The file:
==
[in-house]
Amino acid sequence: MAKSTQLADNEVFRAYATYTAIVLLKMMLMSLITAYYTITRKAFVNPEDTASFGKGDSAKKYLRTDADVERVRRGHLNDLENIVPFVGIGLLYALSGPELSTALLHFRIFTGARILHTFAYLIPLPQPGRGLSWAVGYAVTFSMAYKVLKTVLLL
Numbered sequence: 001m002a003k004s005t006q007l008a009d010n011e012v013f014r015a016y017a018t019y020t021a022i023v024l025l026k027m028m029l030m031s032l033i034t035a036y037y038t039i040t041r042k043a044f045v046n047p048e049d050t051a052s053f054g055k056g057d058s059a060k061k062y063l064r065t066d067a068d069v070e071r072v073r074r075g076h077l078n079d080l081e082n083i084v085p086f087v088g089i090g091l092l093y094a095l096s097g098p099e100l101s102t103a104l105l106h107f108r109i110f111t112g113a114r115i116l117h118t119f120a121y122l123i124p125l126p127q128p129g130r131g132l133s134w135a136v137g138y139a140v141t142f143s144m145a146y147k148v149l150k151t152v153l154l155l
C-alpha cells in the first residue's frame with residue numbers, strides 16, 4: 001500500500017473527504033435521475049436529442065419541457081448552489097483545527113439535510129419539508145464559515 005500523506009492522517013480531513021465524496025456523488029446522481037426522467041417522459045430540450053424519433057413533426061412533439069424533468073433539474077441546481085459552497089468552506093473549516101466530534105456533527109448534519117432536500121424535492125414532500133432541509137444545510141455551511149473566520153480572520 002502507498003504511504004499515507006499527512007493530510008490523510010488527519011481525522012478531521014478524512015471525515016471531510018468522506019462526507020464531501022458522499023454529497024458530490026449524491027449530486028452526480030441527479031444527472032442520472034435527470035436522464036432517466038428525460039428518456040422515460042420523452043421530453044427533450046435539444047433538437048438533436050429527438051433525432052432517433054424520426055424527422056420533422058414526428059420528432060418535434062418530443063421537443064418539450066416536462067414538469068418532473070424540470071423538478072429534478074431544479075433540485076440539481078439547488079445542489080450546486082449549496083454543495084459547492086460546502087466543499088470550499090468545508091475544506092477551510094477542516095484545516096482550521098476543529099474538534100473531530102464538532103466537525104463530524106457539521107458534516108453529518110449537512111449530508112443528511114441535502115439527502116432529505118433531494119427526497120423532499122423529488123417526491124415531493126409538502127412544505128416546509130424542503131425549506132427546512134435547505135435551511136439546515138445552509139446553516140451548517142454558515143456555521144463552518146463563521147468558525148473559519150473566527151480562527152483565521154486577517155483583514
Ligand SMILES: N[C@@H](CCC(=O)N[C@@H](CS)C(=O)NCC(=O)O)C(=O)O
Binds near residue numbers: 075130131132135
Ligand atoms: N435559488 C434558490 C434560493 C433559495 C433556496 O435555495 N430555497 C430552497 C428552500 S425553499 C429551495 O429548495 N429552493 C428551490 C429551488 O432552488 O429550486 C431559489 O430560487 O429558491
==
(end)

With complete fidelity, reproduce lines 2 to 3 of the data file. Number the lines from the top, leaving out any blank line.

Amino acid sequence: MAKSTQLADNEVFRAYATYTAIVLLKMMLMSLITAYYTITRKAFVNPEDTASFGKGDSAKKYLRTDADVERVRRGHLNDLENIVPFVGIGLLYALSGPELSTALLHFRIFTGARILHTFAYLIPLPQPGRGLSWAVGYAVTFSMAYKVLKTVLLL
Numbered sequence: 001m002a003k004s005t006q007l008a009d010n011e012v013f014r015a016y017a018t019y020t021a022i023v024l025l026k027m028m029l030m031s032l033i034t035a036y037y038t039i040t041r042k043a044f045v046n047p048e049d050t051a052s053f054g055k056g057d058s059a060k061k062y063l064r065t066d067a068d069v070e071r072v073r074r075g076h077l078n079d080l081e082n083i084v085p086f087v088g089i090g091l092l093y094a095l096s097g098p099e100l101s102t103a104l105l106h107f108r109i110f111t112g113a114r115i116l117h118t119f120a121y122l123i124p125l126p127q128p129g130r131g132l133s134w135a136v137g138y139a140v141t142f143s144m145a146y147k148v149l150k151t152v153l154l155l